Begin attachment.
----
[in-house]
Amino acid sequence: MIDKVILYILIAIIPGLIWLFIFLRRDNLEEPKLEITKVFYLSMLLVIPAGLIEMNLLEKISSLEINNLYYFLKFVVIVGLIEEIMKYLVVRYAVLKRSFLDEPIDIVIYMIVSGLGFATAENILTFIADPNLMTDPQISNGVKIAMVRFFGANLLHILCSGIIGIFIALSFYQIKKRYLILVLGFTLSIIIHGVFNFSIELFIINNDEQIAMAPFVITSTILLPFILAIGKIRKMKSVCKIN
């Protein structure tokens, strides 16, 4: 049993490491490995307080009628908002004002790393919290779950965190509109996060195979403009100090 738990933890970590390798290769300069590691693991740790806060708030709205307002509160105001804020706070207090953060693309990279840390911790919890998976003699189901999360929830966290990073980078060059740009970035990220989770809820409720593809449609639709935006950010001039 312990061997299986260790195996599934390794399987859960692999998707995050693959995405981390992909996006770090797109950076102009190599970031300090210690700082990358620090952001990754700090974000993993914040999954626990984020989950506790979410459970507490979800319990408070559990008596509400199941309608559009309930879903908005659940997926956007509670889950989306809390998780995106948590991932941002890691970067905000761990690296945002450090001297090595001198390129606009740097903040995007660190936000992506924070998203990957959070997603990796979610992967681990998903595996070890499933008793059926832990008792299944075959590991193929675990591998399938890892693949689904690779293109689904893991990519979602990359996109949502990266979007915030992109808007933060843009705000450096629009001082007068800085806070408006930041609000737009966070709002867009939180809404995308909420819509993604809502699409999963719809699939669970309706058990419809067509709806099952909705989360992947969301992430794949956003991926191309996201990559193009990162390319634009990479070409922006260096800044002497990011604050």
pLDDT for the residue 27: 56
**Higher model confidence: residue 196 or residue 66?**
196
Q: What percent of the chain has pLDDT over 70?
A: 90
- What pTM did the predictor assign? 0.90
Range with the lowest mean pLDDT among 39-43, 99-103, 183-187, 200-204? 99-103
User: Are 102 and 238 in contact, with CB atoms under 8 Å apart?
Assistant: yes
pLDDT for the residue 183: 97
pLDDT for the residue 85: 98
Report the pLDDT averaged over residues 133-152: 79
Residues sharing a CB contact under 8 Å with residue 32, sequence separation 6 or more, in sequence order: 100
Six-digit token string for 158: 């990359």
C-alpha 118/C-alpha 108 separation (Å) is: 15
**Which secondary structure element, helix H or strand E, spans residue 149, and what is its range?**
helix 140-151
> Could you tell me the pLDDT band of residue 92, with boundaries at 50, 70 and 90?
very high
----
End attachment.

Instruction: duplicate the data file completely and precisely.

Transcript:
[in-house]
Amino acid sequence: MIDKVILYILIAIIPGLIWLFIFLRRDNLEEPKLEITKVFYLSMLLVIPAGLIEMNLLEKISSLEINNLYYFLKFVVIVGLIEEIMKYLVVRYAVLKRSFLDEPIDIVIYMIVSGLGFATAENILTFIADPNLMTDPQISNGVKIAMVRFFGANLLHILCSGIIGIFIALSFYQIKKRYLILVLGFTLSIIIHGVFNFSIELFIINNDEQIAMAPFVITSTILLPFILAIGKIRKMKSVCKIN
């Protein structure tokens, strides 16, 4: 049993490491490995307080009628908002004002790393919290779950965190509109996060195979403009100090 738990933890970590390798290769300069590691693991740790806060708030709205307002509160105001804020706070207090953060693309990279840390911790919890998976003699189901999360929830966290990073980078060059740009970035990220989770809820409720593809449609639709935006950010001039 312990061997299986260790195996599934390794399987859960692999998707995050693959995405981390992909996006770090797109950076102009190599970031300090210690700082990358620090952001990754700090974000993993914040999954626990984020989950506790979410459970507490979800319990408070559990008596509400199941309608559009309930879903908005659940997926956007509670889950989306809390998780995106948590991932941002890691970067905000761990690296945002450090001297090595001198390129606009740097903040995007660190936000992506924070998203990957959070997603990796979610992967681990998903595996070890499933008793059926832990008792299944075959590991193929675990591998399938890892693949689904690779293109689904893991990519979602990359996109949502990266979007915030992109808007933060843009705000450096629009001082007068800085806070408006930041609000737009966070709002867009939180809404995308909420819509993604809502699409999963719809699939669970309706058990419809067509709806099952909705989360992947969301992430794949956003991926191309996201990559193009990162390319634009990479070409922006260096800044002497990011604050």
pLDDT for the residue 27: 56
**Higher model confidence: residue 196 or residue 66?**
196
Q: What percent of the chain has pLDDT over 70?
A: 90
- What pTM did the predictor assign? 0.90
Range with the lowest mean pLDDT among 39-43, 99-103, 183-187, 200-204? 99-103
User: Are 102 and 238 in contact, with CB atoms under 8 Å apart?
Assistant: yes
pLDDT for the residue 183: 97
pLDDT for the residue 85: 98
Report the pLDDT averaged over residues 133-152: 79
Residues sharing a CB contact under 8 Å with residue 32, sequence separation 6 or more, in sequence order: 100
Six-digit token string for 158: 């990359």
C-alpha 118/C-alpha 108 separation (Å) is: 15
**Which secondary structure element, helix H or strand E, spans residue 149, and what is its range?**
helix 140-151
> Could you tell me the pLDDT band of residue 92, with boundaries at 50, 70 and 90?
very high